Five Reasons to Love the East Capitol Urban Farm

The University of the District of Columbia CAUSES brings fresh food access and environmental education to Ward 7

A full view of East Capitol Urban Farm, a multi-functional, three acre farm located in Capitol Heights and includes community garden plots, an aquaponics system, community art, stormwater retention elements and a plays pace for children.

There's lots of green popping up around the intersection of East Capitol Street and Southern Avenue. That's because a new urban farm opened in May. The space was a vacant lot in 2015. Many partnerships and months of development later, 5901 East Capitol Street NE is now a thriving community farm.

East Capitol Urban Farm (ECUF) is one of several food hubs created by the College of Agriculture, Urban Sustainability, and Environmental Sciences (CAUSES) of the University of the District of Columbia (UDC). The goal is to irrigate this food desert a little by providing opportunities to produce, prepare, and distribute local edibles. CAUSES is also working to manage food and water waste in the process.

Urban gardens and farms offer many benefits including reducing food transportation, gaining access to the freshest produce at its peak, reducing harmful runoff, and producing more shaded areas. They provide jobs for community members as well as giving students an opportunity to learn about the environmental. Not to mention that urban farms add curb appeal to landscapes that were once destitute and dry.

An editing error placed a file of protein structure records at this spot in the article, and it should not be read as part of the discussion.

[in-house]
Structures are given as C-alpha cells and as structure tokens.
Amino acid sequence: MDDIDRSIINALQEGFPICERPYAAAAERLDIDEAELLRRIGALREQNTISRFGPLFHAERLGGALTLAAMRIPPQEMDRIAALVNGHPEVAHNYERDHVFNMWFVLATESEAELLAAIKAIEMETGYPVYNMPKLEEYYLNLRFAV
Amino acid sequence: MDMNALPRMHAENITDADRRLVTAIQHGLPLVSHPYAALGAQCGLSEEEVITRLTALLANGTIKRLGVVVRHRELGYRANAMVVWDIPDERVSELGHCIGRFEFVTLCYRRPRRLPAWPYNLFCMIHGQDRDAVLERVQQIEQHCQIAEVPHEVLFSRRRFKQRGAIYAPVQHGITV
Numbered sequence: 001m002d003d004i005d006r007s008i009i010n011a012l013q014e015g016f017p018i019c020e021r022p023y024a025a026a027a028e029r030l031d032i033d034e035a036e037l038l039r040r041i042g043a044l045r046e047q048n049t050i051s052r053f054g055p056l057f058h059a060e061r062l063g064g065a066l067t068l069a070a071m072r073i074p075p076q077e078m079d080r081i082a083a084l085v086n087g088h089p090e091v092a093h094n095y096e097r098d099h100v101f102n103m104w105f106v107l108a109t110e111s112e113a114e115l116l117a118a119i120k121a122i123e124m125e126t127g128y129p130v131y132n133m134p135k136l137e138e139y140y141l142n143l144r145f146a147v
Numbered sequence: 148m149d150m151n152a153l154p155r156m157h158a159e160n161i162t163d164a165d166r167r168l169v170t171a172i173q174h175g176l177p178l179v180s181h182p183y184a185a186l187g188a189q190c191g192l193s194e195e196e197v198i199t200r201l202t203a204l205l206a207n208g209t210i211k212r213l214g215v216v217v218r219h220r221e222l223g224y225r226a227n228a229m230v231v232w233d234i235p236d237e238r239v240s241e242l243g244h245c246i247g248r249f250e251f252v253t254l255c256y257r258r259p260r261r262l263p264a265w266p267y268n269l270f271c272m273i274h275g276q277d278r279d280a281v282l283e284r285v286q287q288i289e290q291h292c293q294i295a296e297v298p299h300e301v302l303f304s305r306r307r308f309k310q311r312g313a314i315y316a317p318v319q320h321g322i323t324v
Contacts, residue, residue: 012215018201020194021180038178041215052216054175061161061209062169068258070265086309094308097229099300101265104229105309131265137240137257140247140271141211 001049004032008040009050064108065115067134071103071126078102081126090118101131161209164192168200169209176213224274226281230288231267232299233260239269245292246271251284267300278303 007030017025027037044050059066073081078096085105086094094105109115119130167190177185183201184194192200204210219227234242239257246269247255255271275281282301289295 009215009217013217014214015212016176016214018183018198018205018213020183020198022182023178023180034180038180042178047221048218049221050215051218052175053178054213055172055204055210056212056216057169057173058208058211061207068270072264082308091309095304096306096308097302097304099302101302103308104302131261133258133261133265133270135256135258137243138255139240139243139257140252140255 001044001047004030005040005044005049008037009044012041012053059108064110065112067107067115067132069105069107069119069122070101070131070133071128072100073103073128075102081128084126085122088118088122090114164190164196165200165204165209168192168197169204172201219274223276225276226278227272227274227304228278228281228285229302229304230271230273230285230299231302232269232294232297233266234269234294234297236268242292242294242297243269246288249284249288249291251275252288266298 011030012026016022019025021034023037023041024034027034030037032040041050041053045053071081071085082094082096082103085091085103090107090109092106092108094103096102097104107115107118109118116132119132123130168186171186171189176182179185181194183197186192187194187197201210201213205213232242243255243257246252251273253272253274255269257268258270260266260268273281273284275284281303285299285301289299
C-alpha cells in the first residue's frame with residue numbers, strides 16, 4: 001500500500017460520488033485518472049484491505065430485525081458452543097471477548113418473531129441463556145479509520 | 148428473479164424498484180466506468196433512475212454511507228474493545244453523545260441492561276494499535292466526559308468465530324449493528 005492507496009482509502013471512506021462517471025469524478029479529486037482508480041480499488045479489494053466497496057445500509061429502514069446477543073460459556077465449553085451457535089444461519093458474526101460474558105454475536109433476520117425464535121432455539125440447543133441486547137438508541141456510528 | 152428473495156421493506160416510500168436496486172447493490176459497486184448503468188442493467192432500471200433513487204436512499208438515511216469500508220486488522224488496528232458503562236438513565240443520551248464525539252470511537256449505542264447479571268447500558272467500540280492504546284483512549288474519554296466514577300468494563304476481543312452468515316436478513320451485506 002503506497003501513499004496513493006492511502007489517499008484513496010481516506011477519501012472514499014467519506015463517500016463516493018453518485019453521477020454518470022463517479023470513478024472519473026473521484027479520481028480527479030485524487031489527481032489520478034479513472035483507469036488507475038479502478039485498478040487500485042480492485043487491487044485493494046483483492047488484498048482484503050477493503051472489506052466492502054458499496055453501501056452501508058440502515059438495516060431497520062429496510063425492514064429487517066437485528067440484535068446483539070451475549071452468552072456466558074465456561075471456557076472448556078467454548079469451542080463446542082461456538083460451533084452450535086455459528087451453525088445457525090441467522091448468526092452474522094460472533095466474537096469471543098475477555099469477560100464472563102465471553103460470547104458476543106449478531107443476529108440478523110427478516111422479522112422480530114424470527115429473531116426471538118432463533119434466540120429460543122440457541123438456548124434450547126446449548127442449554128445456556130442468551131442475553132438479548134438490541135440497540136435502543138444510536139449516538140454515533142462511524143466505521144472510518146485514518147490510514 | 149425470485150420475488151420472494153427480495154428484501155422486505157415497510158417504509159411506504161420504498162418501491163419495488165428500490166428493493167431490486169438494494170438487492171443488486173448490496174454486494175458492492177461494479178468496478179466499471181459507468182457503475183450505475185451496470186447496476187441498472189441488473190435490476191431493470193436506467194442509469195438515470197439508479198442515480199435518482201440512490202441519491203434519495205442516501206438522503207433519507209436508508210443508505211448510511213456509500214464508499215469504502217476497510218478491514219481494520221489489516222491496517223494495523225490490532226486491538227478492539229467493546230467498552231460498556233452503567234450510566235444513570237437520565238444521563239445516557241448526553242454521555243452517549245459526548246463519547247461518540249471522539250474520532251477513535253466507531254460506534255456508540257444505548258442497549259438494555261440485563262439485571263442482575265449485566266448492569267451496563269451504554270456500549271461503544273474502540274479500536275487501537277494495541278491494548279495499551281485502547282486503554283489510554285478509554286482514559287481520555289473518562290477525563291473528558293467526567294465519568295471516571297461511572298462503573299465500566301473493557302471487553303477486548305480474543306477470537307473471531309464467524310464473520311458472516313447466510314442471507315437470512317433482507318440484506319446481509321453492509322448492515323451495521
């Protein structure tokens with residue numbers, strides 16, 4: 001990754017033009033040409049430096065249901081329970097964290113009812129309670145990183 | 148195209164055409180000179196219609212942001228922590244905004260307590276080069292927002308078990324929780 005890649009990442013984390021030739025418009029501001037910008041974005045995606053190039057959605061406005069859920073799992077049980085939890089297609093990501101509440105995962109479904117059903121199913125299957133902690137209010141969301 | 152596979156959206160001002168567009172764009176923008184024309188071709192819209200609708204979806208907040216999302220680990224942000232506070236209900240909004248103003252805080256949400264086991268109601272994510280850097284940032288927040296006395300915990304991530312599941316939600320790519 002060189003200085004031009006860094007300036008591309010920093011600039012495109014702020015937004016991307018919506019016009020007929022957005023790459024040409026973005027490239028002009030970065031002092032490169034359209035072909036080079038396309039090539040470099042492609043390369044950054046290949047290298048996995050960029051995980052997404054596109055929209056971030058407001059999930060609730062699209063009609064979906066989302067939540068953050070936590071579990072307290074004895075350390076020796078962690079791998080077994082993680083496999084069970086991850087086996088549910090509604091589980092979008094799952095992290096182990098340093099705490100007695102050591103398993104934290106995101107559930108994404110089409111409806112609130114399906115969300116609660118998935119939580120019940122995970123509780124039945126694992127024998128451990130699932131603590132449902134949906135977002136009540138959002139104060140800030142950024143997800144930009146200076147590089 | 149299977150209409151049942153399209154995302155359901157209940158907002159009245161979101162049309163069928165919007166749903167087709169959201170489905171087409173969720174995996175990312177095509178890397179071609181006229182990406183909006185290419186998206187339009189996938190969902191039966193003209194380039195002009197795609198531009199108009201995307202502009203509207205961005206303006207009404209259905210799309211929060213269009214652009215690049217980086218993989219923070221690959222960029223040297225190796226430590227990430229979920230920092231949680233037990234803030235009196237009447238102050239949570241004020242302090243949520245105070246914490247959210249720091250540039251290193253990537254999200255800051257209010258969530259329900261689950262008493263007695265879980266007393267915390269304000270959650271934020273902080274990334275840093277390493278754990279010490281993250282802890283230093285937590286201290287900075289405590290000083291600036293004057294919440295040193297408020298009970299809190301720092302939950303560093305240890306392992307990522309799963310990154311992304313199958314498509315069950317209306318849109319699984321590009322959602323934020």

The East Capitol Urban Farm has the same benefits for residents, with a few added touches. Here are five reasons why it is an excellent addition to this corner of the District.

Interactivity

The three-acre, leaf-shaped park is not just for show; it's for work, play, and relaxation. The garden is more than just plants. There are 73 trees planted on the site with a walking trail. The bottom portion is a community plaza with two stages that can be used for demonstrations as well as for concerts or movie nights. A nature discovery area has tree logs and messy materials for children to interact with and develop tactile senses.

Harris Trobman, project manager for ECUF and green infrastructure specialist of CAUSES, says many hands went into creating this space. “We had 1,300 partners help build the site. We had people from DC Housing Authority to the Arts Commission to Bradley Site Design work on this project. We even had a local DC artist put up a mural in the parking lot area. It's really a hybrid of a park and a farm. It has a park feel to it. We hope people will use the walking trail for exercise. Maybe even have some Saturday yoga classes.”

Grow Your Own

You too can be a gardener. There are 80 garden plots available for Ward 7 residents, churches, and school groups to lease for free (non-residents pay a fee). Soil and seedlings are provided for the novice gardener. Residents gain more control and access to sustainable produce. The site is Metro accessible. There is also a storage and a bioretention area.